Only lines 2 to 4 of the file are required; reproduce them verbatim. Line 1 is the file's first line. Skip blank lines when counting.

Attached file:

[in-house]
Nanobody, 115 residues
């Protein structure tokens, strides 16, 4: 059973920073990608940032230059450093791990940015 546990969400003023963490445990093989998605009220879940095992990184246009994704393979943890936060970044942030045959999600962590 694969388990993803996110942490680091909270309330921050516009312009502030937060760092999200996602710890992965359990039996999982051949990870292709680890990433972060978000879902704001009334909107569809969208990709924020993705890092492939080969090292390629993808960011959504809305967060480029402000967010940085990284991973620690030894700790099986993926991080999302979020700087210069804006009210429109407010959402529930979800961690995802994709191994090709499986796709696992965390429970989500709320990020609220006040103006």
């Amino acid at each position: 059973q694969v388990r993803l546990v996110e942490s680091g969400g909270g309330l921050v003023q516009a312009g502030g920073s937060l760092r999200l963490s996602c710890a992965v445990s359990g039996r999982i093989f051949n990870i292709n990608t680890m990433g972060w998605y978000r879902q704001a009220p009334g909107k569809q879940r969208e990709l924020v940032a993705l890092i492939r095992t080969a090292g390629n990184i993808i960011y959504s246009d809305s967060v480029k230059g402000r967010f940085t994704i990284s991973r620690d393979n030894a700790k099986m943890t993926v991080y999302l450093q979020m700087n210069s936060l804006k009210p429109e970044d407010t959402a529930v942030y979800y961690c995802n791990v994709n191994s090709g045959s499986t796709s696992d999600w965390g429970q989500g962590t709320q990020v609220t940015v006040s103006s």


Nanobody, 115 residues
């Protein structure tokens, strides 16, 4: 059973920073990608940032230059450093791990940015 546990969400003023963490445990093989998605009220879940095992990184246009994704393979943890936060970044942030045959999600962590 694969388990993803996110942490680091909270309330921050516009312009502030937060760092999200996602710890992965359990039996999982051949990870292709680890990433972060978000879902704001009334909107569809969208990709924020993705890092492939080969090292390629993808960011959504809305967060480029402000967010940085990284991973620690030894700790099986993926991080999302979020700087210069804006009210429109407010959402529930979800961690995802994709191994090709499986796709696992965390429970989500709320990020609220006040103006």
């Amino acid at each position: 059973q694969v388990r993803l546990v996110e942490s680091g969400g909270g309330l921050v003023q516009a312009g502030g920073s937060l760092r999200l963490s996602c710890a992965v445990s359990g039996r999982i093989f051949n990870i292709n990608t680890m990433g972060w998605y978000r879902q704001a009220p009334g909107k569809q879940r969208e990709l924020v940032a993705l890092i492939r095992t080969a090292g390629n990184i993808i960011y959504s246009d809305s967060v480029k230059g402000r967010f940085t994704i990284s991973r620690d393979n030894a700790k099986m943890t993926v991080y999302l450093q979020m700087n210069s936060l804006k009210p429109e970044d407010t959402a529930v942030y979800y961690c995802n791990v994709n191994s090709g045959s499986t796709s696992d999600w965390g429970q989500g962590t709320q990020v609220t940015v006040s103006s």